Discussion and conclusions

Incidence and clinical presentation

These slow growing tumors of mesenchymal origin are now being identified with great certainty due to advancements in histology and molecular genetics. Although, most commonly presenting as asymptomatic masses identified on imaging done for other reasons, symptoms appear when large lesions cause mechanical pressure effects. Cubuk et al [23] reported a 55 year old gentlemen with a 4 × 4 cm penile SFT which was hindering sexual intercourse. At the Memorial Sloan Kettering Cancer Center (MSKCC), amongst the 4000 cases of soft tissue tumors treated over a 18-months period (1999–2001), only 79 could be identified as SFT’s [3].

Imaging and histopathological features

Vallat-Decouveleare et al. [14] suggested that nuclear atypia, areas of increased cellularity, necrosis and ≥ 4 mitoses/10 HPF were predictive for clinical malignant behaviour and found local or distant relapse in 80% such cases, but also reported a case of clinically malignant behaviour of a histological benign appearing case. Recurrent tumor specimens showed a higher grade of atypia than the primary tumor but usually retained their immunohistochemical profile. In the study by Gold et al. [3] all the pathologic variables (mitosis, nuclear pleomorphism, cellularity, necrosis, and the presence of a malignant component) correlated with either local recurrence or metastasis and even correlated highly with one another, also, positive surgical resection margins and primary tumor sizes of ≥ 10 cm positively correlated with unfavourable clinical outcome. Lastly, the presence of a malignant component in a SFT was associated with both, worse local recurrence-free survival and metastasis-free survival (P < 0.01). Certain SFT variants such as, lipomatous variant of SFT (“lipomatous hemangiopericytoma”) showing mature fat component intermingled with typical areas of SFT and myxoid SFT have also been described and can pose a challenge for the histopathologist when establishing the diagnosis. Histopathologic spectrum encompassing branching, ectatic, hemangiopericytoma-like blood vessels, the “patternless- pattern” with or without fasicular, storiform, neural-type, herringbone and diffuse sclerosing patterns are also quite frequently identified in other, predominantly malignant, soft tissue tumors such as synovial sarcomas, malignant peripheral nerve sheath tumors, dermatofibrosarcoma protuberance (DFSP), leiomyosarcomas and liposarcomas and hence can confound the diagnosis [24]. Therefore, it is evident that an experienced soft tissue pathologist should evaluate the specimens. Positron emission tomography (PET) may be helpful to distinguish between a malignant and a benign variant of the tumor, but the gold standard for diagnosis remains incisional biopsy.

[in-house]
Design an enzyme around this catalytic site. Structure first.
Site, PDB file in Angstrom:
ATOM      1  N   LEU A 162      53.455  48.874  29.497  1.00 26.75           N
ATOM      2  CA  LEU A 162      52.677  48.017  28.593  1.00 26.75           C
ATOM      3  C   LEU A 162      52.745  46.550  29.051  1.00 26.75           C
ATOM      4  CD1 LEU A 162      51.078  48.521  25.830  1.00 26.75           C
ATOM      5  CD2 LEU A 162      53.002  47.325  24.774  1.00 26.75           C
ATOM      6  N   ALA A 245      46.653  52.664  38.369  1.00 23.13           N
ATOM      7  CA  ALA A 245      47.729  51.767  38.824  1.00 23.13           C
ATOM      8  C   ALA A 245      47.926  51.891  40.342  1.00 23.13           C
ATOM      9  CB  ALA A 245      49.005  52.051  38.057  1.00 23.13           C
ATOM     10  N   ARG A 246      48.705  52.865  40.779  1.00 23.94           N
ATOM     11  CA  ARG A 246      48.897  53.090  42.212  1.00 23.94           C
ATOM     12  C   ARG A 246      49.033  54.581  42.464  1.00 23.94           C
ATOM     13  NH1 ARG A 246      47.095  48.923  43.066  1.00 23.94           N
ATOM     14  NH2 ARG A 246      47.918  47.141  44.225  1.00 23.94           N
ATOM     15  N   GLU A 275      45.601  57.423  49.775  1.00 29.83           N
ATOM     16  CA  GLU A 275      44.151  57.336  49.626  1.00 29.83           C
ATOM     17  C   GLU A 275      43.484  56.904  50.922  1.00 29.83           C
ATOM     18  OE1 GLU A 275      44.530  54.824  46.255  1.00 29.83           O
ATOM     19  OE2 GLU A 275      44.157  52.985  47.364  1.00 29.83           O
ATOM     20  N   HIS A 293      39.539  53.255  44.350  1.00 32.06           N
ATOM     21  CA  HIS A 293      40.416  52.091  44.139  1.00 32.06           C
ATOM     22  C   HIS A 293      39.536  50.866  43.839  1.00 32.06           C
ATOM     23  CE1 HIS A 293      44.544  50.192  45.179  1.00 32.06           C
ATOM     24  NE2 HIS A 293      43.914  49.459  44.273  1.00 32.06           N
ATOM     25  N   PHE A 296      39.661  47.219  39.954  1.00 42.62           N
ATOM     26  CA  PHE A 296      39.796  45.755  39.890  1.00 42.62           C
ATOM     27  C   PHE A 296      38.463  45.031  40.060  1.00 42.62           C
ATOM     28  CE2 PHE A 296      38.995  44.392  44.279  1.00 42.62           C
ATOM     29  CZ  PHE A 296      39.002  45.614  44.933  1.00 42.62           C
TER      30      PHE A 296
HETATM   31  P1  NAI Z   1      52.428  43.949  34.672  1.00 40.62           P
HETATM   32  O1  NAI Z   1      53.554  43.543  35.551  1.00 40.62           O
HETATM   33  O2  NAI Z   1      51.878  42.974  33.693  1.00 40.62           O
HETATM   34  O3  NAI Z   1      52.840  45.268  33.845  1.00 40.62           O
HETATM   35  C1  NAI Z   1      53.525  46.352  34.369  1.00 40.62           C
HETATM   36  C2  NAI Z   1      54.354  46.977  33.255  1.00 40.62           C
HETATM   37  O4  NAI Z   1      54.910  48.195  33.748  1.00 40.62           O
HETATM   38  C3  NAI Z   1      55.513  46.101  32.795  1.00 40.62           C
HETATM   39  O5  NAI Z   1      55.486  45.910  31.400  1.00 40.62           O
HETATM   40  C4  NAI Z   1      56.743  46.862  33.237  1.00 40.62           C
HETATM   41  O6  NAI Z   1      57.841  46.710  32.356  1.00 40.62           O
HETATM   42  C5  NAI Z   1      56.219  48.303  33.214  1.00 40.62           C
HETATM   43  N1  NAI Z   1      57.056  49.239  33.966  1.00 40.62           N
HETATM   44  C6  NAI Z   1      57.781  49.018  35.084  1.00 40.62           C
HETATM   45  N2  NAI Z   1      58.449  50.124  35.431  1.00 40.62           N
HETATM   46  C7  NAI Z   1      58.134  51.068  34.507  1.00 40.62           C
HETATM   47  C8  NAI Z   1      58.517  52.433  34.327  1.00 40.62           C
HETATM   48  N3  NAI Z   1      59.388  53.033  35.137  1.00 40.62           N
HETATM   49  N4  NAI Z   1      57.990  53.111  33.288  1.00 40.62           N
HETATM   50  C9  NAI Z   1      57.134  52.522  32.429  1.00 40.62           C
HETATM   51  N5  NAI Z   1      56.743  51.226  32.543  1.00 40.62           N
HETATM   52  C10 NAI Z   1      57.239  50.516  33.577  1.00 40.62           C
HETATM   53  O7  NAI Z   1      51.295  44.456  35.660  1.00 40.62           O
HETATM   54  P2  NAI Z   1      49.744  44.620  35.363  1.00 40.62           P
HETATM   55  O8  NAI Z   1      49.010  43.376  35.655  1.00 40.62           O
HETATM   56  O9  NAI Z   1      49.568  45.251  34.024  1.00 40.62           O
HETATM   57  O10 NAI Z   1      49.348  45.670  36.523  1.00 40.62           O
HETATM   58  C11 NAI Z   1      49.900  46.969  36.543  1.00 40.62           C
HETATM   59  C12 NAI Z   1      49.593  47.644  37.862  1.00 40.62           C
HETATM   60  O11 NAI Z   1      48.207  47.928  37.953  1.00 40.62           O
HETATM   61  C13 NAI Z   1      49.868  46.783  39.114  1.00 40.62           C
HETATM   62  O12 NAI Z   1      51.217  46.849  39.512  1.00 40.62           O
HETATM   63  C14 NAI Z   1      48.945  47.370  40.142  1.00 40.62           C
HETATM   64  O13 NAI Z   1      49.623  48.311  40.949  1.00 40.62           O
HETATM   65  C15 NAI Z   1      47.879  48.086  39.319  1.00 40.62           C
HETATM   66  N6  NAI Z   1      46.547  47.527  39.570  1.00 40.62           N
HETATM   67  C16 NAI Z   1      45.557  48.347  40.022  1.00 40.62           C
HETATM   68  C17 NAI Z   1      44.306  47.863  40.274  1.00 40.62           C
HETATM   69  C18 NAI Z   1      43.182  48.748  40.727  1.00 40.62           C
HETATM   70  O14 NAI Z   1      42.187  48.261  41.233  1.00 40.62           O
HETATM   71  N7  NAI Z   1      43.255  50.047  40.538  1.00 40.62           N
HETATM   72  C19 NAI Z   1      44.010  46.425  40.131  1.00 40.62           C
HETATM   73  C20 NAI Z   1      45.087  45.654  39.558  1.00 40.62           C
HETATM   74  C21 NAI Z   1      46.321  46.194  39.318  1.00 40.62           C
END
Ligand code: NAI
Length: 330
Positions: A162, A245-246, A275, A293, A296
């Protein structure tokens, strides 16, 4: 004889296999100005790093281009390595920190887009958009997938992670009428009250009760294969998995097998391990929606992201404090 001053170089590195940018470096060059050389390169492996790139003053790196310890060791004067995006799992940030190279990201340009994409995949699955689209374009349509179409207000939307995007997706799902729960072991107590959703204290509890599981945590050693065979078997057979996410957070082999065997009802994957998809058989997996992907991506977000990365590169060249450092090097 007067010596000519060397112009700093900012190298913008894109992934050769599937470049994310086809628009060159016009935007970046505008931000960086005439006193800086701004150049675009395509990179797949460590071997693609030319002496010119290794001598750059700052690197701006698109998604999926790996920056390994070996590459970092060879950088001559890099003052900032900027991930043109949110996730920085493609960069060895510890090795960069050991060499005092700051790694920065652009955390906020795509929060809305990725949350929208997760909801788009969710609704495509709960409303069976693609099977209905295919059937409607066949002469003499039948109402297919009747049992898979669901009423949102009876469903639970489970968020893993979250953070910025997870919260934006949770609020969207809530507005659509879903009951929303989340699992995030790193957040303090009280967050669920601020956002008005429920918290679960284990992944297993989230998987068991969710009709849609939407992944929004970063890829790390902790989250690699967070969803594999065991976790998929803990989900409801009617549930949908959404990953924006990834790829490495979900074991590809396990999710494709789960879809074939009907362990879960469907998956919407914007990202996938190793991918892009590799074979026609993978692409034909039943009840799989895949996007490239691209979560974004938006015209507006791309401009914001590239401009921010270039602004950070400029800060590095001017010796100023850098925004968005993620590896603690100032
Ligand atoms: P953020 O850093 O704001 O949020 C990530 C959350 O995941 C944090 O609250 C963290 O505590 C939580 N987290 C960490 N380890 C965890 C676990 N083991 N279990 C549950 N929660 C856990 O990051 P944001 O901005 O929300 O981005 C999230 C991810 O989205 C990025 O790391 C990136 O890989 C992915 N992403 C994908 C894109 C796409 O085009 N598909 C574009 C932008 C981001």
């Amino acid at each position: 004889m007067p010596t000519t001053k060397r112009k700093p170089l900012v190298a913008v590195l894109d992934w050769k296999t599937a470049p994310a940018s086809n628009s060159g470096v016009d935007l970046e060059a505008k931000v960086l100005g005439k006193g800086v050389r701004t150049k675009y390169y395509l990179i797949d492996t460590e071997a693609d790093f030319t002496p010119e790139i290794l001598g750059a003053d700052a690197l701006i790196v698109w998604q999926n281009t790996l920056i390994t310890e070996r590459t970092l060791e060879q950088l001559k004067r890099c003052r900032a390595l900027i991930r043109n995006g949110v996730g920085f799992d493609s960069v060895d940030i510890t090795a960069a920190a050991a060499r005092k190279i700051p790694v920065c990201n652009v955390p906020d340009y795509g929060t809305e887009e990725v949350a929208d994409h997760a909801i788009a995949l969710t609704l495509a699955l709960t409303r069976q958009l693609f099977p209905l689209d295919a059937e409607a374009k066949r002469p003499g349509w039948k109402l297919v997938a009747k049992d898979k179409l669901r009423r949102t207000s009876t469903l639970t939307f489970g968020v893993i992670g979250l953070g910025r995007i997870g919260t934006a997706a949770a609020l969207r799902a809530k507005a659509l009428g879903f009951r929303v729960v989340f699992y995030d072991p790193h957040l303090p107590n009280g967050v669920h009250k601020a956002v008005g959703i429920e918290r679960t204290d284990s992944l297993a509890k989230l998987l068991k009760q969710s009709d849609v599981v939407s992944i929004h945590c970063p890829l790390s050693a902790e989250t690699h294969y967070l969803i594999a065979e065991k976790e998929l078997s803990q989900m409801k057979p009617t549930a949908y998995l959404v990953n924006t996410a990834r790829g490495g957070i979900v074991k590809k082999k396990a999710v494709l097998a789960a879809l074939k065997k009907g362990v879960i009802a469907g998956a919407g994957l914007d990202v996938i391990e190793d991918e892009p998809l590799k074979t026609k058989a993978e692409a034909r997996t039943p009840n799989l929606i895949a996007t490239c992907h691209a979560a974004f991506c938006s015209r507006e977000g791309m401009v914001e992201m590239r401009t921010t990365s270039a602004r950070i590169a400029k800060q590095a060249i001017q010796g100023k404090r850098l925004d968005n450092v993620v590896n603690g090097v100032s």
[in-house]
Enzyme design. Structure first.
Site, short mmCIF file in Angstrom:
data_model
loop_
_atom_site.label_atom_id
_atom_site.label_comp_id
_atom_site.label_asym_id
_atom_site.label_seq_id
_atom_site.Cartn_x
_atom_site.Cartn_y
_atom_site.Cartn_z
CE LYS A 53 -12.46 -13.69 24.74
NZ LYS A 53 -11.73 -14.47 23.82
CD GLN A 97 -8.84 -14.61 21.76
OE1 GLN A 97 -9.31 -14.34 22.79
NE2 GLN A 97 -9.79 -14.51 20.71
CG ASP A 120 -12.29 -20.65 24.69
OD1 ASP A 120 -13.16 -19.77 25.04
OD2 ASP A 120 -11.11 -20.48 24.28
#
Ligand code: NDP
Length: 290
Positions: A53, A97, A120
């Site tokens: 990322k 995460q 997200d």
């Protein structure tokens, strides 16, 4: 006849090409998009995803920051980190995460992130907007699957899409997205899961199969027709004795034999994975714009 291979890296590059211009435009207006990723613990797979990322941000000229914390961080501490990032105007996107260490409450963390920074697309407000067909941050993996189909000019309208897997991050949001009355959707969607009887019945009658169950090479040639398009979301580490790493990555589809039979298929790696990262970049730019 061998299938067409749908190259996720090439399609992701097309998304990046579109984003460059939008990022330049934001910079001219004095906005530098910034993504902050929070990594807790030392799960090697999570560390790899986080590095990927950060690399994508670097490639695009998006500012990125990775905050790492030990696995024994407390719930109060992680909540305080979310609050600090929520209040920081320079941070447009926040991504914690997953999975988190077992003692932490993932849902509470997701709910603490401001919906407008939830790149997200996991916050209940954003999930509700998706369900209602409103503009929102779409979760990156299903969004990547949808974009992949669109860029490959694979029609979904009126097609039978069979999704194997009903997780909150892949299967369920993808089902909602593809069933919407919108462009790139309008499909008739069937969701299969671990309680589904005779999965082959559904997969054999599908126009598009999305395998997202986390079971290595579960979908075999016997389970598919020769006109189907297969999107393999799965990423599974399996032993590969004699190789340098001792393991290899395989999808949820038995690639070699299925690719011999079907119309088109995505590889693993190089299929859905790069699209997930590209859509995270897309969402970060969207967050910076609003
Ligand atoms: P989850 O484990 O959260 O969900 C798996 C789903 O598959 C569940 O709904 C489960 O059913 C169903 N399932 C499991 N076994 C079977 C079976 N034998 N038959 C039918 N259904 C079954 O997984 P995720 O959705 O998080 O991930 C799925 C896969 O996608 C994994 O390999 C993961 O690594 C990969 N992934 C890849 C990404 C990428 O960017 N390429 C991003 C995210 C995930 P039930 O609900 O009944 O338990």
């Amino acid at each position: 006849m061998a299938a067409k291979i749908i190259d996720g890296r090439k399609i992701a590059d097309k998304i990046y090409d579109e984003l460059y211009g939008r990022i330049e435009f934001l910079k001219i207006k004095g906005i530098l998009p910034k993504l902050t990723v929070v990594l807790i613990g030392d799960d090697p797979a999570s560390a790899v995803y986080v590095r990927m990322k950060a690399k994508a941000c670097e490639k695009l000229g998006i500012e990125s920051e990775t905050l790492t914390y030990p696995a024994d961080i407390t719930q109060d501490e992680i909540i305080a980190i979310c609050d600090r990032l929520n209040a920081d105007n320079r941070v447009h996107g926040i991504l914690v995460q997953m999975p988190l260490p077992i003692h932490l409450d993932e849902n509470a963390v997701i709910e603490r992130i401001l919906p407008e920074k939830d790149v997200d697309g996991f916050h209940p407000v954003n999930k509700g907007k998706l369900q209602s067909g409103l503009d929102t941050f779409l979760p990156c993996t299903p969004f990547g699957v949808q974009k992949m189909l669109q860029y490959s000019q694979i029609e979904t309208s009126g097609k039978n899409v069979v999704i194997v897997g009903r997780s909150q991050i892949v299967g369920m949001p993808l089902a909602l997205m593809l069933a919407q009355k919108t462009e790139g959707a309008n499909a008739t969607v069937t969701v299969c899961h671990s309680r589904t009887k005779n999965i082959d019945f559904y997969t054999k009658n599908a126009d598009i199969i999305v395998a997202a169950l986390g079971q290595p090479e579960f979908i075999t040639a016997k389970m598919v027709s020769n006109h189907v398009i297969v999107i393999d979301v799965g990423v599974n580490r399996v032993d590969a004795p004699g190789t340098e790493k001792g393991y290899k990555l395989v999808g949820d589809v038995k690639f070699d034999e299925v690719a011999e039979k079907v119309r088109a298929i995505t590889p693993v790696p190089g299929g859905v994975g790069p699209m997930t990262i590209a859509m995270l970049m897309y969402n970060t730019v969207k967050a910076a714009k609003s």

Management and follow-up

En-bloc excision of SFT’s remains the treatment of choice. Advanced reconstructive surgical techniques allow for complete excision of large tumors with limb salvage wherever possible. Adjuvant chemotherapy or radiation therapy has been used in certain circumstances such as positive surgical margins and malignant variants, however the long term benefits remain unknown [3, 14]. Local recurrence with or without metastasis has been reported in SFTs with lung and liver being the most common site for metastasis apart from other sites such as bones, mediastinum, retroperitoneum, omentum and mesentry and patients with extra-thoracic SFT are more likely to develop metastases [25]. Demicco et al. [26] reported overall 5- and 10-year metastasis-free rates of 74% and 55%, respectively, while 5- and 10-year disease-specific survival rates were 89% and 73%. Their study proposed a risk assessment model based on age, size and mitotic index wherein patient age, tumor size, and mitotic index predicted both time to metastasis and disease-specific mortality, while necrosis predicted metastasis only. Tumor relapse can occur anywhere between 1–6 years, McMaster et al. [27] reported 10% while Vallat-Decouvelaere et al. [14] reported 40% metastases occurring at 5 event-free year. Overall patients without a histologically malignant component and with a tumor size < 10 cm in dimension can expect a favorable outcome and are adequately treated by surgery alone, and those having both a histologically malignant component and a tumor > 10 cm fare rather poorly. Optimal adjuvant treatment for the latter group of patients is not known, however, a stringent long-term follow-up is a bare minimum necessity.

Penile SFT’s can be safely removed en-bloc without significant aesthetic and functional impairment with timely intervention in a well-informed patient. The ambiguous nature of histopathological features of SFT warrant its examination with experience pathologists having special interest in soft tissue sarcomas. Ongoing research, pooled data analysis and advances in histologic, molecular and genetic techniques will allow more precise identification and categorization of these tumors, develop targeted therapy and predict future clinical course of the illness.

Availability of data and materials

Data sharing is not applicable to this article as no datasets were generated or analysed during the current study.



Solitary Fibrous Tumor




Computerized Tommography


Magnetic Resonance Imaging


Cluster of differentiation


International Index of Erectile Function




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Authors and Affiliations



DJ evaluated and treated the case, collected all the clinical and radiological data. DJ, HP and SS all equally contributed to writing the manuscript. SP examined the pathological specimen and performed and reported the histopathology. All authors read and approved the final manuscript.

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Correspondence to Deep Kumar Jain.

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Jain, D.K., Pandey, H., Saini, S. et al. Large Solitary Fibrous Tumor (SFT) of the penis- a case report and review of literature. BMC Urol 23, 131 (2023).